My school community experienced co-location first hand. We were fortunate to mount a fight back that ended our co-location. However, that win was bitter sweet, because the charter, PAVE Academy, was awarded more than 20 million dollars in precious capital funds to build its own building in our neighborhood. We also engaged in a less-known fight back for another charter expansion in our neighborhood, a charter that sought to further segregate the neighborhood by creating a “boutique” charter targeted at the gentrifying population of Red Hook. Thankfully that charter was not approved. We have learned from both of these experiences that charter space support and expansion in communities results in a negative impact on the community itself, causing unnecessary strain and tension, as well as on the existing schools, and in our case, a school that was and is a high quality option. But equally important, because these issues were at our doorstep, we also understand the deep systemic issues surrounding charters: the drive to privatize our public education system, the impact of charter push-out, the impact of a two-tiered system where one school is privileged over another, and the bigger picture of the undermining of public education and all that entails from worker protections, to funding, to the way children are treated.

 

MORE stands in solidarity with the approximately 94% of families who want high quality neighborhood schools for their children. We cannot achieve the promise of public education if the funding, facilities and services we need to provide are at-risk. Please join us and families across the city and send Governor Cuomo a message this Thursday: you are not our student’s lobbyist. You do not stand for children. You stand for your own political interests fueled by charter school dollars and we will hold you accountable!

 

[i] Charter school enrollment in 2011-2012 was 47,780 (according to www.nycsca.org’s report for capital fund projections) out of approximately 1.1 million school children in New York City., yielding an approximate 4% enrollment in charter schools at that time. Cited numbers currently range from 3%-6%. The New York City Charter school Center states approximately 70,000 children attend charter schools in NYC . Based on this information this post estimates current charter enrollment at 6% and public school enrollment at 94%.

Please help support MORE’s amendment to the resolution at the UFT Delegate Assembly on Wednesday, April 9th, by copying and distributing our flyer, and raising and speaking for the amendment.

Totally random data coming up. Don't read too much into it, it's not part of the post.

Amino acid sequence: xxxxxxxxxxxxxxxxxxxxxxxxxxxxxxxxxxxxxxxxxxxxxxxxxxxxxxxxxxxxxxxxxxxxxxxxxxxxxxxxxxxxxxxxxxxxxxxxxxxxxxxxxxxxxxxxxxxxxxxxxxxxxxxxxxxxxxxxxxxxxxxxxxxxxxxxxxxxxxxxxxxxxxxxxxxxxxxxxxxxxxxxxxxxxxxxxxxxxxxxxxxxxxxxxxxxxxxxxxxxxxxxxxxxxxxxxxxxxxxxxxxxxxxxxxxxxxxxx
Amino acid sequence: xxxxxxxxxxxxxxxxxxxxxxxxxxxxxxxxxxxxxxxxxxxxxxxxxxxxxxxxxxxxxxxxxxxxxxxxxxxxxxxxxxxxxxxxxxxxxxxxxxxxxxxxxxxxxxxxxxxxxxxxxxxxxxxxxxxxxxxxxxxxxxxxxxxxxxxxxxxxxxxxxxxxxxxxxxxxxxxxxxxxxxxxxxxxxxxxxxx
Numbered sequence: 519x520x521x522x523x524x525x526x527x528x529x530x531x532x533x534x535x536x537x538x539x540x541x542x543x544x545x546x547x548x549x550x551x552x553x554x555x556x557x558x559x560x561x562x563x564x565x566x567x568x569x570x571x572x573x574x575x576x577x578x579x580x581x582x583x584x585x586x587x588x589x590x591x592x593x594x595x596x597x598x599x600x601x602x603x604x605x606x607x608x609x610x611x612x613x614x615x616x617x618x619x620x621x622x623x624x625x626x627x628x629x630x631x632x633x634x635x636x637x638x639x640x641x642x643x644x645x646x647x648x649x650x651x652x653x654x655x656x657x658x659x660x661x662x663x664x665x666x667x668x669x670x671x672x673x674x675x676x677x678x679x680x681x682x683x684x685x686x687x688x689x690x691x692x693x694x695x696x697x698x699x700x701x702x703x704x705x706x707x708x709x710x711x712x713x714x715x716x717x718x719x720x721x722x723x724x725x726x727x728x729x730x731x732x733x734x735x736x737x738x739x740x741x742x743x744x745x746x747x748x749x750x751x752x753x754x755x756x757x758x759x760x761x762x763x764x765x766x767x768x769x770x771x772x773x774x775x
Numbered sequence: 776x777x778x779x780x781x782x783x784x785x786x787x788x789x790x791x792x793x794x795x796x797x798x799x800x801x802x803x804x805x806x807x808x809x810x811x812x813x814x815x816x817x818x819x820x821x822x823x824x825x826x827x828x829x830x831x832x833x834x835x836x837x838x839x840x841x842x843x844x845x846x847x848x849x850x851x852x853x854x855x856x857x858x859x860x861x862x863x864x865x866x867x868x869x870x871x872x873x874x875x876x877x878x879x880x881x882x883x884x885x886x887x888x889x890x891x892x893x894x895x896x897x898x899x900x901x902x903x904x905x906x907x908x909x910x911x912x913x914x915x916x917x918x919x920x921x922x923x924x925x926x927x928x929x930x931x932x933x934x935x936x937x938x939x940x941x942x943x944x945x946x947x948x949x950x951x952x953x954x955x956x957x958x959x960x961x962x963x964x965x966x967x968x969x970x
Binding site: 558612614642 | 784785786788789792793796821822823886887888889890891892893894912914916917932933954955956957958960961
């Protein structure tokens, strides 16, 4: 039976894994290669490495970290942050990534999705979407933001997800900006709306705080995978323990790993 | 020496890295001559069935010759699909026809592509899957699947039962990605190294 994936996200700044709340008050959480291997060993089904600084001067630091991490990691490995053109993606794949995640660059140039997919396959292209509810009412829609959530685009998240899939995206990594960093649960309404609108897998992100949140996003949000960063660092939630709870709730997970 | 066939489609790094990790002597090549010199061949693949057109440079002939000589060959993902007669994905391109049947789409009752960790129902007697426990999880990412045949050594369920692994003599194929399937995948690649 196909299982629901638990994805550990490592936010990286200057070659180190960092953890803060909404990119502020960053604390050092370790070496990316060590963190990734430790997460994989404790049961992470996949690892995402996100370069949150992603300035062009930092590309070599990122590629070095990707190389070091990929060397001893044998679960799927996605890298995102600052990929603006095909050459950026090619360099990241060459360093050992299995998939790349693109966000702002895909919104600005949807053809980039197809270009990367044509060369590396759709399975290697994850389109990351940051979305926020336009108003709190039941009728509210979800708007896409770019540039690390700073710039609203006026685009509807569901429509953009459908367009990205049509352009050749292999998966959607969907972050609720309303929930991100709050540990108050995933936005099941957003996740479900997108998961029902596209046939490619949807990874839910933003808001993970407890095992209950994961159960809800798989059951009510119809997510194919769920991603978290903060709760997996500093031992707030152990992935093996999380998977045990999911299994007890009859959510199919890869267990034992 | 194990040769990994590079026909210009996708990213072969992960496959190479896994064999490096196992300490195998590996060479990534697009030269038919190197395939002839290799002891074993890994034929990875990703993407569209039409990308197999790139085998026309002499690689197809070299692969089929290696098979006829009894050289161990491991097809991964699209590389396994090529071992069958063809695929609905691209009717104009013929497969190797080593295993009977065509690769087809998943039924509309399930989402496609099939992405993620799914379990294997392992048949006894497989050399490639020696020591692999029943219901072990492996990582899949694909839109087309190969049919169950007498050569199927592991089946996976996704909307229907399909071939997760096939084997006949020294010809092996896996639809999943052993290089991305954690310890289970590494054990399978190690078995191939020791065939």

The resolution to join the immigrants’ rights and labor protest on May Day at City Hall is an opportunity to begin a mobilization campaign to win the demands for a just settlement to our expired contract.

Such a campaign needs to be part of a united fight of all working people in the city for decent working and living conditions. And it has to involve the rank and file members of our union. May Day can be the beginning of a mobilization, not the end

AMENDMENT TO THE MAY DAY RESOLUTION Continue Reading…

4.8.14 Eng-flyer

https://www.facebook.com/events/550266075093719/

4.8.14 Sp flyer

Today, our six MORE candidates for NYSUT Board of Directors will contend for votes at the the NYSUT Representative Assembly.  They are Julie CavanaghLauren CohenJames EternoJia LeeFrancesco Portelos, and Mike Schirtzer

We are also supporting Arthur Goldstein for Executive Vice President and Beth Dimino for At Large Director.

New, Positive & Independent Leadership for NYSUT

  • A Strong Rank & File Member Driven Union That Will Take Action in Defense of Our Educators and Students
  • Repeal The Common Core Standards
  • Teacher Autonomy Without High-Stakes Testing
  • Evaluation Based on Collaboration, Not Measured by Test Scores and Cookie-Cutter Rubrics

Continue Reading…

Arthur Goldstein is a UFT Chapter Leader of Francis Lewis High School in Queens and is running for Executive Vice President of NYSUT, with MORE’s support.

Beth Dimino is the president of the Port Jefferson Station Teachers Association and is running for NYSUT Board of Directors, also endorsed by MORE.

 

"A historic moment in public education the moskowitz budget"

The “Student Lobbyist” at Work

Jia Lee, MORE candidate and teacher at the Earth School is one of the conscientious objectors who refuses to administer the NY State Test this year.

Jia Lee, MORE candidate and teacher at the Earth School, is one of the conscientious objectors who refuses to administer the NY State Test this year.

New York City public school students in grades 3-8 are currently taking the controversial New York State (NYS) Common Core tests.  

MORE opposes the administration of these corporate-created high-stakes exams, and we stand in support of parents who are refusing to have their child(ren) take the test, and in support of those teachers who are refusing to administer them.

Jia Lee, one of the MORE candidates running for NYSUT (state union) office this weekend, is one of these brave teachers. Jia and two other teachers at the Manhattan’s Earth School, as an act of conscience, are declining the role of test administrators for the 2014 NYS Common Core tests. In a letter to Chancellor Fariña, they write “we are acting in solidarity with countless public school teachers who have paved their own paths of resistance and spoken truthfully about the decay of their profession under market-based reforms. These acts of conscience have been necessary because we are accountable to the children we teach and our pedagogy, both of which are dishonored daily by current policies.”  Please read their thoroughly researched position paper on the Teachers of Conscience blog.**  Continue Reading…